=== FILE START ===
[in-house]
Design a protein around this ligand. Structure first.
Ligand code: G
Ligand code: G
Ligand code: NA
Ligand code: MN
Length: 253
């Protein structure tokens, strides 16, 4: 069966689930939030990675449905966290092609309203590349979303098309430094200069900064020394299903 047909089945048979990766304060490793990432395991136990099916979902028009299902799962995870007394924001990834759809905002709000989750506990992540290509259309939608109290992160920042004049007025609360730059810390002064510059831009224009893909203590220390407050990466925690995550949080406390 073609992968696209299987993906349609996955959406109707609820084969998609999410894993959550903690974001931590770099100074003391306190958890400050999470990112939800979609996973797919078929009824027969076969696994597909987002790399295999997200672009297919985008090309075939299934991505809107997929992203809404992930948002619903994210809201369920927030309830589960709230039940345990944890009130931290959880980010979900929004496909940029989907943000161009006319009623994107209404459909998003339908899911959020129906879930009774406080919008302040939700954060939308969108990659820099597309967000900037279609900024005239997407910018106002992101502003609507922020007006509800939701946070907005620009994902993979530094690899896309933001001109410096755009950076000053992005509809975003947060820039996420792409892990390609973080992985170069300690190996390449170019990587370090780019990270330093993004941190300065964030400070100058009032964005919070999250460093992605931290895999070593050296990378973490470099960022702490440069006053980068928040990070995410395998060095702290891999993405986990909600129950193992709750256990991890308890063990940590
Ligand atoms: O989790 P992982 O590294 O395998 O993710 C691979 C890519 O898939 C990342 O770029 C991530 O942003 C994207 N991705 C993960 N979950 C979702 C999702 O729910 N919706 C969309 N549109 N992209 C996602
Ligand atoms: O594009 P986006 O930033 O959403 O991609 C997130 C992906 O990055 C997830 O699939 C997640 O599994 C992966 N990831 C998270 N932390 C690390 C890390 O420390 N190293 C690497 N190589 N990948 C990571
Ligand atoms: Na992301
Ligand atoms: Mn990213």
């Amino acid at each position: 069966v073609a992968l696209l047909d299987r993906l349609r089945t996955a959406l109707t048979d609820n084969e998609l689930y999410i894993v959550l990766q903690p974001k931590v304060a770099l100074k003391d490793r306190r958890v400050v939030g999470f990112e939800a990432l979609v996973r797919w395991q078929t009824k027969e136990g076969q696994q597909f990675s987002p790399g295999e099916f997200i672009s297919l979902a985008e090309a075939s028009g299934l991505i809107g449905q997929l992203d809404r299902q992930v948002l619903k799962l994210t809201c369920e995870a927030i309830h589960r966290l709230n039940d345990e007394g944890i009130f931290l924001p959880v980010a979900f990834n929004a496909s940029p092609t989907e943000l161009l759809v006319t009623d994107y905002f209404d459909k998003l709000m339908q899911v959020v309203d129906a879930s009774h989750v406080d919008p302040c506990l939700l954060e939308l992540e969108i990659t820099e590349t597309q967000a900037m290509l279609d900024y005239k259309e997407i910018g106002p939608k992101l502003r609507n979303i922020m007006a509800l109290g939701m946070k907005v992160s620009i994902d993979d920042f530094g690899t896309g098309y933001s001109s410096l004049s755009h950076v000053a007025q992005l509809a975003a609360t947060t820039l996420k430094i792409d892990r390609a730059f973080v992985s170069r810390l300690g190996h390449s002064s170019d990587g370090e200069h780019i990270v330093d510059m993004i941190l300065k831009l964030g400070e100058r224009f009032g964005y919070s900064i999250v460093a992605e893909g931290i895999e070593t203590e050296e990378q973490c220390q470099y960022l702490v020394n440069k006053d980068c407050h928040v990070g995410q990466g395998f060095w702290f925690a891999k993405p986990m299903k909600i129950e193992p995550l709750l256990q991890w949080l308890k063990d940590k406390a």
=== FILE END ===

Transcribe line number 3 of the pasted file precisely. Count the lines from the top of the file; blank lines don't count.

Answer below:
Ligand code: G